Dry weather farming at Fentons Creek

Title: Agriculture Victoria - Strategies for dry weather farming in central Victoria - Tony Coombes - Fentons Creek

Vision: Map showing location of Fentons Creek and Melbourne - Homestead

Vision: Springdale Fentons Creek Victoria

Tony Coombes speaking:

'Right, well I'm Tony Coombes.'

Vision: Tony getting out of truck and fitting pipe

'I've been farming in the Fentons Creek area since the early mid-eighties. I left school and did a farming apprenticeship with my grandfather, and went shearing and contracting in the local area, until recent years where we've probably gained enough area to be self-sufficient on the farming side, oh well until the seasons have probably made things a little more challenging.'

Vision: Water Security —  water tank

'Water security is probably high on the list, particularly we're in March at the moment and had very little runoff for a couple of years now.'

Vision: Empty dam

'And the time spent carting water just limits you to whatever else you might do around the farm.'

Vision: Tony getting ready to pump water

'So maintenance or any of those more tedious jobs that you'd like to get done over the summer aren't happening.'

Vision: Truck

'Groundwater is not an option for us. We're a runoff area. Any water that's under the ground here is salty.'

Tony Coombes speaking —  water truck spraying ground —  aerial view of farm:

'Fortunately, we've had runoff off some hill country that meant I haven't had to bring water onto the farm but we've distributed water around the farm via truck and tanks.'

Vision: Aerial view of truck and Tony near dam

'And when it's hot it's a daily occupation. We cart about 13 or 14,000 litres in a load, and with the numbers of sheep and lambs we've got that's a load a day.'

Tony Coombes speaking:

'So there's two hours gone each day not doing much other than pumping water.'

Vision: Stock numbers and opportunities

'We started looking at the numbers, and knowing how important it is to have sheep in our operation, that we've only marginally reduced the numbers.'

Vision: Sheep

'But to have that new base to restock quickly when things change, or this may be the norm'.

Tony Coombes speaking:

'And I think the more of what we produce we put back through the stock is probably going to be the best reward. The world's a wash of wheat and barley, and yeah, the growing protein's a little difficult in canola and lupins or whatever pulse you might choose to grow. So sheep are the best protein that we can grow. And using grain and hay in our pastures are probably the best return.'

Vision: Managing the risks —  silos—  Tony Coombes speaking:

'I think we've evolved in the last 15 or 20 years as it is. We've always grown canola and a few lupins that are probably a little more high-risk on low rainfall years. But a shorter season variety, crops sowing earlier, we've done as much as we can we think, in minimising our risk. Livestock have been an important part of our operation, and maintaining our ewe base has been critical, that we can generate income when things do change. So yeah, we have changed but it's been slowly because the dry seasons have been with us for quite some time.'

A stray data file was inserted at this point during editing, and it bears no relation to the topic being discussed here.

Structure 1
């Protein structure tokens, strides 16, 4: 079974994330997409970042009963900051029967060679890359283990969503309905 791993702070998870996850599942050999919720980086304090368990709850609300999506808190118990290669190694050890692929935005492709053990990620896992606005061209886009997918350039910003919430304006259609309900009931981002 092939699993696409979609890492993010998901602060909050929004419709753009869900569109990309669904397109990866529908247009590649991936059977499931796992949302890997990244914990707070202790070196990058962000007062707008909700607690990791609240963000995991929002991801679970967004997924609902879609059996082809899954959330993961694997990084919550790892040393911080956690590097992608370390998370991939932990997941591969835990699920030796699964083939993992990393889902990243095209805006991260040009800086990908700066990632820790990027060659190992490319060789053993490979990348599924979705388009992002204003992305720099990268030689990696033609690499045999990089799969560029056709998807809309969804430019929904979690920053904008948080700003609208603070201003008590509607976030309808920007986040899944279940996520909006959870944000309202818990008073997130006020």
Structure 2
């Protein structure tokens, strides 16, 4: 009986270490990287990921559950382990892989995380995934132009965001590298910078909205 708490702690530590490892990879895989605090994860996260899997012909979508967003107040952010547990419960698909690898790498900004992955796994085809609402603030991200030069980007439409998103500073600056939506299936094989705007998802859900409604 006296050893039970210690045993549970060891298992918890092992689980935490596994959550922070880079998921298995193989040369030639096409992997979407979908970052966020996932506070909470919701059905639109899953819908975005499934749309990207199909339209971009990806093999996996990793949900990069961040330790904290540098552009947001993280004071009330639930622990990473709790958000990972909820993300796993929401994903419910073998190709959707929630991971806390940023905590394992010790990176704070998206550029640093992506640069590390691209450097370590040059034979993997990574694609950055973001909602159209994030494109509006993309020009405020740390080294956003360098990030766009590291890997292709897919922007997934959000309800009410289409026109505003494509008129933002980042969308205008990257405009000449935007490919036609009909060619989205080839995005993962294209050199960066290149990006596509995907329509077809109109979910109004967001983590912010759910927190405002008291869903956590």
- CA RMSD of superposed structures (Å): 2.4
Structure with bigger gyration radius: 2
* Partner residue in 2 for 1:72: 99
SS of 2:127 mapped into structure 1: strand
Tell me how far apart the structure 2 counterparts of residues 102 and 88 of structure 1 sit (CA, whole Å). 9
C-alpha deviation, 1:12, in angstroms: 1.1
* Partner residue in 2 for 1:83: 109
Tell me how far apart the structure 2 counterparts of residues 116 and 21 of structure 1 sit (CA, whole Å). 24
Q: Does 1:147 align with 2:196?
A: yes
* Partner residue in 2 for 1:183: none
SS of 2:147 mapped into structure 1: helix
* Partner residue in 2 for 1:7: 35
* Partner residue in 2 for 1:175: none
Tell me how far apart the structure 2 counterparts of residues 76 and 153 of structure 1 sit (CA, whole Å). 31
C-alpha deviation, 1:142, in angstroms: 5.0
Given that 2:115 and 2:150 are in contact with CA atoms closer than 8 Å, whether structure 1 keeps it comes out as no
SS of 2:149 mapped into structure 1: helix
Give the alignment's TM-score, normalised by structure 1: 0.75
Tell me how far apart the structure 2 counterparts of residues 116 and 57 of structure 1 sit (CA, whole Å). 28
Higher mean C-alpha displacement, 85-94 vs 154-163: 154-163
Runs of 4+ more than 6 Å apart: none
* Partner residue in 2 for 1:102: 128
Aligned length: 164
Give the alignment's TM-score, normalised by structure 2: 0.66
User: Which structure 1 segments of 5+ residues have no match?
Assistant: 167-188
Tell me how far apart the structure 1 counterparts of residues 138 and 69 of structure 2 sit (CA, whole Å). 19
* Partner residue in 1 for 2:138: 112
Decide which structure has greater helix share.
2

Vision: Beyond the farm gate

'Well, I think it's critical to get out and see your friends. And being fortunate in the respect that, when I left school there was a group of farmers, all my friends that I went through school with of the same generation went back to their local farms. So, around here there's probably 10 or a dozen of us that are, you know, within a 10 year age bracket.'

Vision: Photo of football club members

'And we have a pretty close social fraternity. The football club's important.'

Tony Coombes speaking:

'Our local VFF branch is made up of a lot of those members as well. So, if you have friends, and having probably a little more diverse group of friends too. I'm involved in other sporting clubs, cycling and so forth, and that gives you another group of people to talk to. And they're always interested to know how you're getting on. Then they get an overall view of what things are like on the land.'

Vision: Key messages

'Oh, being conservative is probably an important one. You know, it's a good idea not to spend the money until you've got it, if you're in that fortunate situation. But being able to do most of the work yourself, we —  I do a little bit of general construction, machinery manufacturing, hopefully being able to maintain our own gear. Servicing, keeping our costs down without compromising reliability is probably one import aspect.'

Vision: Aerial view of water tanker near dam —  Tony Coombes speaking:

'Any other information, oh we're always — it's important to keep abreast of all the new technology, and talk to your Department people, and your agronomists, and resellers, because there is information there that can assist. Yeah, we get it, there's probably no one big thing, but a lot of little things that —  all the one percenters that make a difference.'

Slide: Agriculture Victoria —  Drought. Don't go it alone

Special thanks to Tony and Christine Coombes —  Springdale

Victoria State Government – Speaker: Authorised by the Victorian Government, 1 Treasury Place, Melbourne

Page last updated: 18 Jan 2021